TELSTRA'S stoush with the competition regulator over the cost of broadband services has narrowed, with the telco giant submitting price undertakings that would cover only 70 per cent of Australia's population.
Telstra has proposed an access charge of $30 per month for Unconditioned Local Loop Service, which would allow customers to sign up to a rival telco for voice and broadband services without needing a Telstra phone line.
ULLS, also known as unbundled local loop service, effectively means Telstra's competitors would be able to use the company's own copper wire network to poach its customers.
However, no agreement has yet been reached on the price Telstra will be able to charge its rivals for access despite the network having been "declared" open to third-party access under the Trade Practices Act as long ago as 1999.
The ULLS proposal Telstra has lodged with the Australian Competition & Consumer Commission covers only metropolitan areas, leaving open the question of third-party access prices in rural and regional areas.
Telstra last year proposed a $30 across-the-board access charge for customers regardless of location, but this was rejected by the ACCC on the grounds that it did not accurately reflect the cost of providing the service.
The decision, which was challenged by Telstra before the Australian Competition Tribunal, was upheld in May this year.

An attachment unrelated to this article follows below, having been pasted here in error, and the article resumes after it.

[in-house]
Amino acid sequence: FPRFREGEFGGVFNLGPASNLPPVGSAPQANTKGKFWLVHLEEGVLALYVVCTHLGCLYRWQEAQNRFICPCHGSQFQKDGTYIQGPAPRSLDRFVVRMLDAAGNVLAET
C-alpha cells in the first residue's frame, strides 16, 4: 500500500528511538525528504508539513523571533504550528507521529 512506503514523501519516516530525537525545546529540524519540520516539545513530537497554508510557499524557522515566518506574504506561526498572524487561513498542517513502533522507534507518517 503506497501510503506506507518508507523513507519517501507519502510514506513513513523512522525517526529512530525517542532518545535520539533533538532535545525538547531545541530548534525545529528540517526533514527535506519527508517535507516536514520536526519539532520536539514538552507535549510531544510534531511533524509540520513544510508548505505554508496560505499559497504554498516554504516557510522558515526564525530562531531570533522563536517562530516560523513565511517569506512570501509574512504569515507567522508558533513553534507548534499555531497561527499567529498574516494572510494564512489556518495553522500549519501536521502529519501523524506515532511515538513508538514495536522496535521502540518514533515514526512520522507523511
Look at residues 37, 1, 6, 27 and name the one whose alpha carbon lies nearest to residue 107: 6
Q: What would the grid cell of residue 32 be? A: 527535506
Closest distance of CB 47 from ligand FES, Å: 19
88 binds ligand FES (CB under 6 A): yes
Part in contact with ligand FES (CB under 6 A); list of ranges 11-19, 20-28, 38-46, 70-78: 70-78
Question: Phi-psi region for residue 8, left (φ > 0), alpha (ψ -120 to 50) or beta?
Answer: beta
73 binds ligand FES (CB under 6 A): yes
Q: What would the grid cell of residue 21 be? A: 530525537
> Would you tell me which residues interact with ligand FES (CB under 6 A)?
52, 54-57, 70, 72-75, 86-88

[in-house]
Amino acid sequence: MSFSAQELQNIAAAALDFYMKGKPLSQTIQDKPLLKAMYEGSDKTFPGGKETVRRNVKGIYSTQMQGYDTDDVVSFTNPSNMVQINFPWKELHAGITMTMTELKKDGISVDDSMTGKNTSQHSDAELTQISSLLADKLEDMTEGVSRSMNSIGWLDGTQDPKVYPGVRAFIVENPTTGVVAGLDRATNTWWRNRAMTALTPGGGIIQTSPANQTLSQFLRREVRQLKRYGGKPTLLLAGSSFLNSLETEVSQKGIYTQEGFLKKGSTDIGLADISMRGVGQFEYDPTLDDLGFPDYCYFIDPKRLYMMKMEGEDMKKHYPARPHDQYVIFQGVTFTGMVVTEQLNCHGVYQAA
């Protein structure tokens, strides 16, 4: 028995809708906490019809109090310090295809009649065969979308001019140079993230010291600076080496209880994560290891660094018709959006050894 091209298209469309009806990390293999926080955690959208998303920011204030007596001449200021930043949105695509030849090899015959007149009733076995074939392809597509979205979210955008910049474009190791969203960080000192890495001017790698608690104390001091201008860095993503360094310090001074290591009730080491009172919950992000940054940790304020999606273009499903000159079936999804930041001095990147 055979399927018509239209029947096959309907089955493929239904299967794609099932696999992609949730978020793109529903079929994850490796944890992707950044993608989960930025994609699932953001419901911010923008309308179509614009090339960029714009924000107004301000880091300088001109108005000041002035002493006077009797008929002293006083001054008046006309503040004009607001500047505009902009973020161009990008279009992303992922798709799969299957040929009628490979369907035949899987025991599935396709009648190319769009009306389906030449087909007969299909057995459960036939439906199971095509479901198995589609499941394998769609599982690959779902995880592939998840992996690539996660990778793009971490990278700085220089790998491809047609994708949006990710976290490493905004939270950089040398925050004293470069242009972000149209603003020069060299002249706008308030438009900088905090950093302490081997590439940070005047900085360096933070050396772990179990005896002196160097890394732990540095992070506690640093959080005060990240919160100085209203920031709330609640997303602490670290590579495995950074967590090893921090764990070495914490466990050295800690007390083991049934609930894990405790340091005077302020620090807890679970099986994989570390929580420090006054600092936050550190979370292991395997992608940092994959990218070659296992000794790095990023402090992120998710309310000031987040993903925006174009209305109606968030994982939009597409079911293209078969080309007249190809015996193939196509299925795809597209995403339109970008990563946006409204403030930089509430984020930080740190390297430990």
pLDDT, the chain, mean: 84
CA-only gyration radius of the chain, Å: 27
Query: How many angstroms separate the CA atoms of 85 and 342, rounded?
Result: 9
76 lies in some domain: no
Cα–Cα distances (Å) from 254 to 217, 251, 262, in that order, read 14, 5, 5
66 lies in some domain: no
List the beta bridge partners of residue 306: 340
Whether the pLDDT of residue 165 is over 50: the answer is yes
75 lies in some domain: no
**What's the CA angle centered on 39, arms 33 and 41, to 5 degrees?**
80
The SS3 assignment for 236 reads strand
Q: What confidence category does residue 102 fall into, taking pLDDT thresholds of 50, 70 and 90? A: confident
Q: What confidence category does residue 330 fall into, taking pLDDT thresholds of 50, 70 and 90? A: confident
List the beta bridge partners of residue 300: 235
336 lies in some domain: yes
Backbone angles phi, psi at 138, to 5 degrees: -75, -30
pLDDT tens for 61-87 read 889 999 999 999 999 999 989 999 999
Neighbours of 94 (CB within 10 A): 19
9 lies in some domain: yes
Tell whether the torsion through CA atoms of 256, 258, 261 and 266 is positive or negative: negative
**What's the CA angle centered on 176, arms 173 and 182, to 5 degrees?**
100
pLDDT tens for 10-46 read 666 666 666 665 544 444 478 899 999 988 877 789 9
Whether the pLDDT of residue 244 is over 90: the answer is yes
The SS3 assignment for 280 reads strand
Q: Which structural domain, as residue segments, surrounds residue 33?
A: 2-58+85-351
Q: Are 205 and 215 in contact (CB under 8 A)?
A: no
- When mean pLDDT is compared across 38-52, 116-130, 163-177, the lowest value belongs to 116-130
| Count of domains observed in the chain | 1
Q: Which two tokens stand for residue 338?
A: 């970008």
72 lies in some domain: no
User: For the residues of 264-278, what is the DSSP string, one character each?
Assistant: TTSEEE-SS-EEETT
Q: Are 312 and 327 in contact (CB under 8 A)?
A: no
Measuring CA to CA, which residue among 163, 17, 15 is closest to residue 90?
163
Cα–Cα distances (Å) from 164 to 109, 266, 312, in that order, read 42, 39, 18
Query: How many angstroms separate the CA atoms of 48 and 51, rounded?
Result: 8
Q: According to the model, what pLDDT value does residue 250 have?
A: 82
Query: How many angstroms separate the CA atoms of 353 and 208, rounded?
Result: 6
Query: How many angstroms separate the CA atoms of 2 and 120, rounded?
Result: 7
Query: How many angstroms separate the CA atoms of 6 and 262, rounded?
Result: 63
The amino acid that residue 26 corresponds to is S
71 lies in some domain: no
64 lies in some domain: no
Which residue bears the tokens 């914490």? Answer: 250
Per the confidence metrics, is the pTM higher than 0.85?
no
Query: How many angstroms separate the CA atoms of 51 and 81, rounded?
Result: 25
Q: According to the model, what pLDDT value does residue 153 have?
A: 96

A Telstra spokesman said yesterday that while Telstra had yet to formulate access prices for central business district, provincial and rural areas, customers in this last category would be forced to pay at least $100 per month due to the ACCC decision to reject its $30 flat charge plan.
The new price regime, which is proposed to apply until the end of 2010, is based on a confidential pricing system that Telstra refers to as its Efficient Access Model, which uses data on actual customer location and network structures rather than the previous plan, which relied on assumed customer characteristics.
Telstra has offered to share the model with competitors for assessment, subject to confidentiality arrangements being put in place.
The ACCC plans to issue a discussion paper seeking submissions on Telstra's undertakings and is scheduled to report its findings within six months.
However, Telstra's High Court challenge to the constitutional validity of the ACCC's power to force it to share its infrastructure with other providers, which is awaiting judgment, could make the entire process redundant if the court rules in favour of Telstra.
Blair Speedy December 28, 2007